If you are just jumping into the new year using traditional materials, you probably already have an idea how you will evaluate your student’s progress. You can see at a glance those assessments at the end of the teacher’s guide or stapled in between the pages of the workbook. For for the DIY homeschool mom using alternative methods of education, how do you know what your student knows?
There are a variety of ways to evaluate how much your student remembers, and more importantly, your student’s progress:
You’ve probably heard the adage that you have to set goals to reach them. Or as Yogi Berra puts it,
If you don’t know where you are going, you might wind up someplace else.
So at the beginning of the year we can set goals by assessing where our children are and what they need to get to the next level. By setting goals in advance, evaluating is as simple as determining if the goal has been reached.
For example, if the goal was for my daughter to learn her multiplication tables, I can easily assess whether or not she has mastered that goal. Similarly, if the goal for my son was that he be able to read simple beginner books by the end of the year, I already know if he is reading those books.
2. Personal Observation
Tutors typically know off-hand where their students are. We already know in advance how well a child will do on a test before he takes it. Often times, it is better to skip the test and work on developing skills in weak areas rather than using the test to point out what we already know.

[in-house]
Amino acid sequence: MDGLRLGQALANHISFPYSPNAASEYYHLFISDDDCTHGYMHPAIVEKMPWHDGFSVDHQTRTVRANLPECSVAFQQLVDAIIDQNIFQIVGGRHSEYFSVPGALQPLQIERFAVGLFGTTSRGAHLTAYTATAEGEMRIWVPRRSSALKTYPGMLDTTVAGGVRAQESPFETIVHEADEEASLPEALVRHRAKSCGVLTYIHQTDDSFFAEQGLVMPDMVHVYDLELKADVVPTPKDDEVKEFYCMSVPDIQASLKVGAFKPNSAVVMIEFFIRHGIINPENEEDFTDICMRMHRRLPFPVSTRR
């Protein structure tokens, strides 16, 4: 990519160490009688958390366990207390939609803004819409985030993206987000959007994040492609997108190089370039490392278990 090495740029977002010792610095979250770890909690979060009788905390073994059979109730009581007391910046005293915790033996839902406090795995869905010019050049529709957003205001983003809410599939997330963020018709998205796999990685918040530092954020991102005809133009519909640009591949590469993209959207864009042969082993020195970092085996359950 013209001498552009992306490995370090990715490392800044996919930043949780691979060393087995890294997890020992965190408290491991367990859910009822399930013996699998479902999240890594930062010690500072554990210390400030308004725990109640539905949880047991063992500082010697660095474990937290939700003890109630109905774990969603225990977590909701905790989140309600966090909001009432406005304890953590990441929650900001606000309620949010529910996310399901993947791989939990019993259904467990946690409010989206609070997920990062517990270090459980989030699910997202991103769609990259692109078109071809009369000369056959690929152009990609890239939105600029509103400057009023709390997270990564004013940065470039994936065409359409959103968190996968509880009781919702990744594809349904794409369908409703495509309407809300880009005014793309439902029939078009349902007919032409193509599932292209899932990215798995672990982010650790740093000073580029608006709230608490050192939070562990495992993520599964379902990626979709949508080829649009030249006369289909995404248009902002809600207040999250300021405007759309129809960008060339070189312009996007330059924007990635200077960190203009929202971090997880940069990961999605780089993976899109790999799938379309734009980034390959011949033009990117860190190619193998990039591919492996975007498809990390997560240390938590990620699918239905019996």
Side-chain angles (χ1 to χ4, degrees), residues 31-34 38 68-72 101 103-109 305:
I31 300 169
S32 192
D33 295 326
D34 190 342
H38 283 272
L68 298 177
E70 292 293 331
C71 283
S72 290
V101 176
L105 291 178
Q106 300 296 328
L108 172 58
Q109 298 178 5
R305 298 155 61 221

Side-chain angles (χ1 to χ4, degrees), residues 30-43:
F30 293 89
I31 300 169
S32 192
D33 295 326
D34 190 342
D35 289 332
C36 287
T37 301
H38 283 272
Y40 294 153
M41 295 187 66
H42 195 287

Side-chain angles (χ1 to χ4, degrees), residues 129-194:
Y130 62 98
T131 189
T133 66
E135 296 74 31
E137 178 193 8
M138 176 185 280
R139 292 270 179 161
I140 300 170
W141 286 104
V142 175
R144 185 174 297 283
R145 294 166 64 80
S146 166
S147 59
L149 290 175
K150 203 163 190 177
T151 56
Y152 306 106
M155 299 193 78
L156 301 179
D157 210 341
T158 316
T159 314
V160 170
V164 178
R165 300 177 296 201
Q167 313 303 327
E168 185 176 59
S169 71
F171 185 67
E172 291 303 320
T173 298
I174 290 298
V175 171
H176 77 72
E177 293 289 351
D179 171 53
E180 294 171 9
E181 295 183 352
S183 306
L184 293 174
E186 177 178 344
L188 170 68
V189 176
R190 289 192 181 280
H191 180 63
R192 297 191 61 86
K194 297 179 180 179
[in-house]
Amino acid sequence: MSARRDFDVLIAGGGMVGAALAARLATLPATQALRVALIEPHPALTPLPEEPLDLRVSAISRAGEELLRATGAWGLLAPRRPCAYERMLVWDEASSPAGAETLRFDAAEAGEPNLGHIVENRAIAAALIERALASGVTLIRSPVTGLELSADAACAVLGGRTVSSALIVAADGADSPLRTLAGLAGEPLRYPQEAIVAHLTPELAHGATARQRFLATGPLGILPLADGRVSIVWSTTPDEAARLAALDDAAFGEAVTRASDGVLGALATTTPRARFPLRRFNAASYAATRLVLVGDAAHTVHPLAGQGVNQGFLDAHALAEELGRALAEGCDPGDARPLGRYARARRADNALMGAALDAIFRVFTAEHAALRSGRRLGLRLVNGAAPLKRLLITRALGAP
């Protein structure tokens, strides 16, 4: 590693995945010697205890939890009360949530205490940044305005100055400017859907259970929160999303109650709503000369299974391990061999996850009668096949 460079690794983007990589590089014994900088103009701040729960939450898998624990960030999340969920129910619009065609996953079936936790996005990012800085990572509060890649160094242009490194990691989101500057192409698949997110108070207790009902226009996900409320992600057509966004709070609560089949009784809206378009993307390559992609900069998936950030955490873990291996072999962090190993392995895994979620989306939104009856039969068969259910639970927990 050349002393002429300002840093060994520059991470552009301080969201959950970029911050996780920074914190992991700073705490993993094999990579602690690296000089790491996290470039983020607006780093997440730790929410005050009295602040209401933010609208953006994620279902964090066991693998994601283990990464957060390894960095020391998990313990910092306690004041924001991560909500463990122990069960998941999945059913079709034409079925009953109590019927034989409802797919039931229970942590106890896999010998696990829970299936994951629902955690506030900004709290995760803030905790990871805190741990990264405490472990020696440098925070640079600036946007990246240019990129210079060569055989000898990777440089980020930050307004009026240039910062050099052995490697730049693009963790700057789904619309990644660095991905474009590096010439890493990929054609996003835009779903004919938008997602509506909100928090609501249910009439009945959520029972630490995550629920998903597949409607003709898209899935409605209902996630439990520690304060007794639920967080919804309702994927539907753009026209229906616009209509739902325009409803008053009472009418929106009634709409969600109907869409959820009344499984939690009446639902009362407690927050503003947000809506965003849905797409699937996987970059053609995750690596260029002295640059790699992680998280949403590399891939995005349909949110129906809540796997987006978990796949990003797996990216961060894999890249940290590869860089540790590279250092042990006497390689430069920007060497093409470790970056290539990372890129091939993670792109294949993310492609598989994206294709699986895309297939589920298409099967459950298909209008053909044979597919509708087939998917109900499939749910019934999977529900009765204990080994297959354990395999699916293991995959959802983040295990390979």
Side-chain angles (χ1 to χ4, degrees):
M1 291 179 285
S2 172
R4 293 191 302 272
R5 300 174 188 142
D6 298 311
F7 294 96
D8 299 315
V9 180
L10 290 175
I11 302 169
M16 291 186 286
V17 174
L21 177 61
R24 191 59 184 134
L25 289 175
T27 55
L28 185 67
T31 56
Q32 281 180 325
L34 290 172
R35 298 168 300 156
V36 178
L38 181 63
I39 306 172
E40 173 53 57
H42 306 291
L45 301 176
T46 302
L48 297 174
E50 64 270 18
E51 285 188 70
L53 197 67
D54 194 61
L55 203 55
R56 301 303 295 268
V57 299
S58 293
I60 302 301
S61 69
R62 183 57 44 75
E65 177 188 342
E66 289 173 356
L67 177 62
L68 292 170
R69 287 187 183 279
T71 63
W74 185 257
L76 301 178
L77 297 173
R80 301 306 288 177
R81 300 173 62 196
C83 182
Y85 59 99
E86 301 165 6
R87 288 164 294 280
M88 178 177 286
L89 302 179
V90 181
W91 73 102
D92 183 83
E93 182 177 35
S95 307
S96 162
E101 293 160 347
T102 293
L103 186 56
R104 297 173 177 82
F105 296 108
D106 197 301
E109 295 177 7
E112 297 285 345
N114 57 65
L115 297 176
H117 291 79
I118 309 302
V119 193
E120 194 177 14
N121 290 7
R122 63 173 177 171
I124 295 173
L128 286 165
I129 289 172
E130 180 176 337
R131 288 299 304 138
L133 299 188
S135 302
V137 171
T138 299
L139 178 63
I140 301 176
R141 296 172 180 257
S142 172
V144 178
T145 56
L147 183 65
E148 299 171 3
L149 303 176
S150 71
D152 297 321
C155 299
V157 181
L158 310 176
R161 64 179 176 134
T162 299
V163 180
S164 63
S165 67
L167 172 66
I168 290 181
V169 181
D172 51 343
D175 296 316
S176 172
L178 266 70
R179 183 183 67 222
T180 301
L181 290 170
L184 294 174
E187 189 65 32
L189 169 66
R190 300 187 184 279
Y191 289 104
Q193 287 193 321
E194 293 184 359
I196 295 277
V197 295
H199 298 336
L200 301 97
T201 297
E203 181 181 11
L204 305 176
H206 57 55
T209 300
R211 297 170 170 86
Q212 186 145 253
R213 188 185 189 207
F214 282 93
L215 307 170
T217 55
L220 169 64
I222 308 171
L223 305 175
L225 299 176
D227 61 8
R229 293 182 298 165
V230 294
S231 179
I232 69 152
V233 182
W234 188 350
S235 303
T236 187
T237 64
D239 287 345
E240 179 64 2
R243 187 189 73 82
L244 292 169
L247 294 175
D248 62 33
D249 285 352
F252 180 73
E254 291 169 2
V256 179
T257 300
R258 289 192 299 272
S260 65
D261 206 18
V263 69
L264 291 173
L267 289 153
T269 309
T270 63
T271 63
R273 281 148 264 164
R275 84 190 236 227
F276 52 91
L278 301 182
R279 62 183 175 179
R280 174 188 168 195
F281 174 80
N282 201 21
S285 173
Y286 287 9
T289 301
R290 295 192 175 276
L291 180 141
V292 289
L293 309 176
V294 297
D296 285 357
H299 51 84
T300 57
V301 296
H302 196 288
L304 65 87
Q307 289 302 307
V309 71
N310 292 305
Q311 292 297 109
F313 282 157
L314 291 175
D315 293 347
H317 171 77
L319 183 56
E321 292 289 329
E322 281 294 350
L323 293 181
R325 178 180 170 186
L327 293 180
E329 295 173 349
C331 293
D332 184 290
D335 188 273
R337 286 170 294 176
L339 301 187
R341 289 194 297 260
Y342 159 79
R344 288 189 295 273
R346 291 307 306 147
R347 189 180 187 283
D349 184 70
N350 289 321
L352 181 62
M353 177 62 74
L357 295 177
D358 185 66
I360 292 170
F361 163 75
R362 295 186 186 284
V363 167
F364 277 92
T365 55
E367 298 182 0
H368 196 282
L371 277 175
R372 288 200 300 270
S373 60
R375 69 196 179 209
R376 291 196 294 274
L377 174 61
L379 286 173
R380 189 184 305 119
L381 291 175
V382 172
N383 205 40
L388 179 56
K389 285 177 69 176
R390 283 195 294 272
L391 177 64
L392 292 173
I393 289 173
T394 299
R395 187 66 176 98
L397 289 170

3. Just Ask
Depending on the age of your child, he may already know what his strengths are. And he is probably very familiar with those areas in which he feels he is struggling. By asking our older students for input, we have an opportunity not only to evaluate, but to address their concerns.
Those covering material in atypical ways may find a checklist all they need to keep on track. Checklists give us an idea of what our children need to know and, in the case of skills, in what order. We can simply check off the metric when those items have been covered (content) or mastered (skills).
There are checklists available or you can create your own. For example:
Read and narrated the five books required from the history reading list.
How much does a student know about his subject? Ask him to tell you what he knows. Narrations provide opportunities for not only evaluating progress, but also for discussing topics, correcting facts, and filling in gaps.
Students can come up with very unique ways of presenting material. Add a bit of creativity to evaluations. Let them design their own way of letting you know what they know. Encourage illustrations, constructions, inventions, plays, skits, speeches, performances, written papers, outlines, animations, and videos.
A personal favorite around here, portfolios take advantage of notebooking to store the best examples of a child’s work in one place — evaluation at a glance.
Evaluating for Excellence by Teresa Moon
First set goals, then you will have something to measure progress by. Great advice and tons of forms to help you stay on track. One of our favorite evaluating helps! Read our full review.
What Your Child Needs to Know When by Robin Sampson
Evaluation checklists for each subject. If you are pulling together your own studies, this book is a great way to stay on track. Read our entire review.
10 Evaluation Interview Questions
Want to know what they know? Just ask!
10 Ways to Use Notebooking: #10 Scrapbook
Ideas for creating a portfolio.